- FAQ 319: What is eScript?
- FAQ 320: Language integration phase 1: How do I compile and build programs?
- FAQ 321: How do I load source files edited outside Eclipse?
- FAQ 322: How do I run an external builder on my source files?
- FAQ 323: How do I implement a compiler that runs inside Eclipse?
- FAQ 324: How do I react to changes in source files?
- FAQ 325: How do I implement an Eclipse builder?
- FAQ 326: Where are project build specifications stored?
- FAQ 327: How do I add a builder to a given project?
- FAQ 328: How do I implement an incremental project builder?
- FAQ 329: How do I handle setup problems for a given builder?
- FAQ 330: How do I make my compiler incremental?
- FAQ 331: Language integration phase 2: How do I implement a DOM?
- FAQ 332: How do I implement a DOM for my language?
- FAQ 333: How can I ensure that my model is scalable?
- FAQ 334: Language integration phase 3: How do I edit programs?
- FAQ 335: How do I write an editor for my own language?
- FAQ 336: How do I add Content Assist to my language editor?
- FAQ 337: How do I add hover support to my text editor?
- FAQ 338: How do I create problem markers for my compiler?
- FAQ 339: How do I implement Quick Fixes for my own language?
- FAQ 340: How do I support refactoring for my own language?
- FAQ 341: How do I create an Outline view for my own language editor?
- FAQ 342: Language integration phase 4: What are the finishing touches?
- FAQ 343: What wizards do I define for my own language?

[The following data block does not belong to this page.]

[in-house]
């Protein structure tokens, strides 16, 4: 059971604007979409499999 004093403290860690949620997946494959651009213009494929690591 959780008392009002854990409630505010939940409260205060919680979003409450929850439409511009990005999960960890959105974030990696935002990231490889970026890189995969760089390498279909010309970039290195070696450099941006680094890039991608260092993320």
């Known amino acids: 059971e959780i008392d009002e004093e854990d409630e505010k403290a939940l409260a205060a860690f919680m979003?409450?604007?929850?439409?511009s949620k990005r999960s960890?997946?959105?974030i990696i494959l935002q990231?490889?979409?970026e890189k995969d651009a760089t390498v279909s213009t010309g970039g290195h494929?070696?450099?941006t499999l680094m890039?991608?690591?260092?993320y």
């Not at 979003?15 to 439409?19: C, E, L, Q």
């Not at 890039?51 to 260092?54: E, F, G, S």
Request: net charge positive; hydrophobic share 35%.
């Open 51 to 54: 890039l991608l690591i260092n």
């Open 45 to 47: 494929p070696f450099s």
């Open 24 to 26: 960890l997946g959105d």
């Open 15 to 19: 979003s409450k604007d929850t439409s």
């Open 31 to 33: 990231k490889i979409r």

- FAQ 344: When does my language need its own nature?
- FAQ 345: When does my language need its own perspective?
- FAQ 346: How do I add documentation and help for my own language?
- FAQ 347: How do I support source-level debugging for my own language?
FAQ 343: What wizards do I define for my own language?
This depends on your language. For instance, the PDE offers wizards for creating plug-ins, features, plug-in fragments, and update sites. In addition, the PDE provides support for converting something existing into a form it can work with, such as converting a regular project to a plug-in project.
In the case of Java, the JDT offers wizards for the obvious things—Java projects, packages, classes, and interfaces—as well as for less obvious ones such as a wizard for creating a scrapbook page and a source folder. The CDT offers wizards for generating a C++ class and for creating either a standard make file project or a managed make project for C or C++. Furthermore, the CDT has a wizard for converting a normal project to a C/C++ project.
If we look at eScript, the only appropriate wizard type seems to be the creation of an eScript file, where the user would choose whether the generated code should include the definition of a feature and an update site. An extra wizard page could be added to generate code to implement plug-ins that contribute a view, editor, and so on.
When certain wizards are used frequently, consider showing them in the toolbar by contributing an action set.
For instructions on writing wizards, look at Help > Platform Plug-in Developer Guide > Programmer’s Guide > Dialogs and Wizards > Wizards.
FAQ 155 What is a wizard?
FAQ 344 When does my language need its own nature?
eclipse.org article “Creating JFace Wizards”